We can produce personalized textbooks. You can choose the lessons. This will completely change the teaching experience and the learning experience.
Augmented reality is interesting. How do you fit into that?
Lores: We have printing technologies that can embed in images special codes that are invisible to the human eye but are visible to sensors. When the sensor sees the image, you get emails or you get a digital experience. All the Sprockets we sell today have this technology built in. For example, you can take a video of a bird and print one of the frames. When you see that frame through your phone, you will see the full video.
We are going to be embedding that in other technologies. We are doing that for packaging. This can also bring security, and security is very interesting for office documents.
In packaging, you will get a lot of information about when something was produced, or whether it was produced in this factory or that other factory. You can use this for security and anti-counterfeiting. If you think about medicines, for example, anti-counterfeiting is really critical. All these technologies will really help to simplify that.
I was covering a patent trial -- Apple v. Samsung -- and every morning people would wheel into the courtroom these huge carts with three or four dozen binders, each packed with 300 or 400 pages of paper. Most of them just sat there, these inert lumps of dead trees. Is this the right way to be doing things?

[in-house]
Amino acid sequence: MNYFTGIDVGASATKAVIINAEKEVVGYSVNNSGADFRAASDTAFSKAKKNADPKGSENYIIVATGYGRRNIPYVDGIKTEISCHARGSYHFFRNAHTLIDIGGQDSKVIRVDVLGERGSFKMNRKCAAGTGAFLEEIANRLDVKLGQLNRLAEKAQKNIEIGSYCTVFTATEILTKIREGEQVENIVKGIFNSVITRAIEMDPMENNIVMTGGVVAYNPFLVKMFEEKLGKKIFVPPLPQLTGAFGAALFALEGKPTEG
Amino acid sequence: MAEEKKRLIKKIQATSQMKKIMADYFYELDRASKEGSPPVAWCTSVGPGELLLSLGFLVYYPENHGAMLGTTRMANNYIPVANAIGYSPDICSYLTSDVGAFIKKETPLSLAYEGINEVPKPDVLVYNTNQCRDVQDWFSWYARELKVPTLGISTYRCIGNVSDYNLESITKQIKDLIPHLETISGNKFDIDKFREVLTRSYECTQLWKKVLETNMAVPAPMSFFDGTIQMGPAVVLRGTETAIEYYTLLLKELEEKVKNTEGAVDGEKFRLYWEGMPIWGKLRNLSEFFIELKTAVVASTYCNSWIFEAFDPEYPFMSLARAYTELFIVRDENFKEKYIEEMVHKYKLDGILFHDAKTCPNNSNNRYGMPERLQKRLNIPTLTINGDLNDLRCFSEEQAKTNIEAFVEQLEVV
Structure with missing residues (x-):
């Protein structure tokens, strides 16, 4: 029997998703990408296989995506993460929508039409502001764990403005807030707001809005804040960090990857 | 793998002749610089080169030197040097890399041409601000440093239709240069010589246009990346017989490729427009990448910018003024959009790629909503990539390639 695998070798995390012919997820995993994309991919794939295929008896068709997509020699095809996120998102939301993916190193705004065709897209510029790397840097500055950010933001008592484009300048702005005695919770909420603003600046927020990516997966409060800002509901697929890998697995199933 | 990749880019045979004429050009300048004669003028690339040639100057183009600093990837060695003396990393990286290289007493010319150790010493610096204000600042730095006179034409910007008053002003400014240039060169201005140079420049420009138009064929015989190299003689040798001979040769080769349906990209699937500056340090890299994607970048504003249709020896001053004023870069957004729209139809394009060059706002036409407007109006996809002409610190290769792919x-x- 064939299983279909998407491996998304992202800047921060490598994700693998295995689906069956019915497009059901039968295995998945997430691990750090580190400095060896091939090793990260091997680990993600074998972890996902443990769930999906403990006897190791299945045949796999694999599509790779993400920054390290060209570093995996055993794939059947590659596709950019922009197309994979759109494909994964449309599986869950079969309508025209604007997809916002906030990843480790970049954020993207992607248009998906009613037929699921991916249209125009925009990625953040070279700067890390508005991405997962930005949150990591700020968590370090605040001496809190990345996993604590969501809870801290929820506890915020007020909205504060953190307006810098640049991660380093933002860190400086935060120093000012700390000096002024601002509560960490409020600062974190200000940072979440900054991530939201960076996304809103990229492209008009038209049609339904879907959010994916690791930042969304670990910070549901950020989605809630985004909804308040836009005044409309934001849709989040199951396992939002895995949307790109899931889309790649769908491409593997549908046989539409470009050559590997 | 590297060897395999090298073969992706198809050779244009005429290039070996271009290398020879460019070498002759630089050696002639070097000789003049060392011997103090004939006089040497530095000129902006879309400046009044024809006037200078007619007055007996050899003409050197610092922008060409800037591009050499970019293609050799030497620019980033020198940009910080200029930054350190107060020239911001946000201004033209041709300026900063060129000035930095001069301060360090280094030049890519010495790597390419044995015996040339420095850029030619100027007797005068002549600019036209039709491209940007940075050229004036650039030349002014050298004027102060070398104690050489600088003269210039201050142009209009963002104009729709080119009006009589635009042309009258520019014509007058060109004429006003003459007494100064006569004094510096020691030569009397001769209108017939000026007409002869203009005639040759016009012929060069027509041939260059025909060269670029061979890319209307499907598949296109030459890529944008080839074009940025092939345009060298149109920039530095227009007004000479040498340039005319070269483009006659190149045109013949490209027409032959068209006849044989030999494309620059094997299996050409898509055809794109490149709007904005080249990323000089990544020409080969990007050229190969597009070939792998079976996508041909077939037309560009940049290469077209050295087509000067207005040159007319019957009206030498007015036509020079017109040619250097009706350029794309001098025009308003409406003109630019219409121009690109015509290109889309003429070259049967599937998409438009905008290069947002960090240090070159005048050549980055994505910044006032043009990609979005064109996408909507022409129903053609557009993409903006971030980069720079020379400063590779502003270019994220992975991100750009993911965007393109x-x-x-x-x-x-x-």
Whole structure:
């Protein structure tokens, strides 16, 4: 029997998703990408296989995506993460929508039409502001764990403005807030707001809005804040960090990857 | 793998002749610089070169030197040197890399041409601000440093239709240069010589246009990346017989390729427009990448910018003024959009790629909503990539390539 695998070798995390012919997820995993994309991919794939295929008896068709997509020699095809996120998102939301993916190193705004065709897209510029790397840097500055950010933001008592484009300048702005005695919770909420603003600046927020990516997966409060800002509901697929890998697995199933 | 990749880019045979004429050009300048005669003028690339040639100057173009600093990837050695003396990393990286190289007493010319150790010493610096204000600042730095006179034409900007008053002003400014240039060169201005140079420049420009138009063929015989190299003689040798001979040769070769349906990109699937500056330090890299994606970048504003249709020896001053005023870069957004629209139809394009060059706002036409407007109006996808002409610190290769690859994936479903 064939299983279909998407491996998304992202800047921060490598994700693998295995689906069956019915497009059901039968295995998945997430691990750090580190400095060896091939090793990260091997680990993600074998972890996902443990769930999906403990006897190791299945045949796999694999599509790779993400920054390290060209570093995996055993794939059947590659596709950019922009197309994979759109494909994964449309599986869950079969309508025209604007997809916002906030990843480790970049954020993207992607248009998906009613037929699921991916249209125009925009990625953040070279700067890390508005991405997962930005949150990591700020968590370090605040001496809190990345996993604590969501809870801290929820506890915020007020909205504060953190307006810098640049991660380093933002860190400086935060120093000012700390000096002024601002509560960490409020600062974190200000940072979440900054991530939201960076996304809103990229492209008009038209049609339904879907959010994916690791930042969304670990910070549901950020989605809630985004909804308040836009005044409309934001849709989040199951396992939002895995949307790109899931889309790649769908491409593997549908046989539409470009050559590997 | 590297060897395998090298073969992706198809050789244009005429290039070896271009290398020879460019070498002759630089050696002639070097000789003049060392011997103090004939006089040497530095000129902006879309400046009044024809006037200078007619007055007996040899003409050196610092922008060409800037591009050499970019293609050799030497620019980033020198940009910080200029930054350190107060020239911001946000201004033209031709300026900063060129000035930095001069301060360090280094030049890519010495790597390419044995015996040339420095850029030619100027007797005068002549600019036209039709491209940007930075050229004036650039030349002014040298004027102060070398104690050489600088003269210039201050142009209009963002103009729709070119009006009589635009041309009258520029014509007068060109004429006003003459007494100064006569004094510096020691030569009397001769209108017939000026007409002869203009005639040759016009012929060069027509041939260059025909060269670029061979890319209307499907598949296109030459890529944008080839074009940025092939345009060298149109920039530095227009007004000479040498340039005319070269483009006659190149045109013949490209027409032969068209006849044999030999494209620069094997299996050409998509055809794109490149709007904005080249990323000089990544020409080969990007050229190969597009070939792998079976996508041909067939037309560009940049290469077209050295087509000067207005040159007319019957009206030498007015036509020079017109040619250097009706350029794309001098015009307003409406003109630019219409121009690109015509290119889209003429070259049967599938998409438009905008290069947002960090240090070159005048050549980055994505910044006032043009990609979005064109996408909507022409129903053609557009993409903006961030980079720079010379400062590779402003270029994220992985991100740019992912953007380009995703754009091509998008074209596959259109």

Lores: Let me talk about the dead trees. Sustainability is more and more important for all of us. Today, printing has a stigma of not being sustainable. Believe it or not, it's not right.
When you think about the dead trees that were being carried in the courtroom, you have a visual from probably 50 or 100 years ago, when paper was coming from trees that were in forests. Today, 90-plus percent of paper comes from trees that have been planted to become paper. It's actually, if the printer demand declines, all those trees will never be planted. It's a difficult story to explain because it's totally counterintuitive, but a lot of trees that are planted in the world today are planted because there is a demand for paper.
It's something we're working on right now -- how do we communicate that in the right way so consumers understand that actually print is sustainable.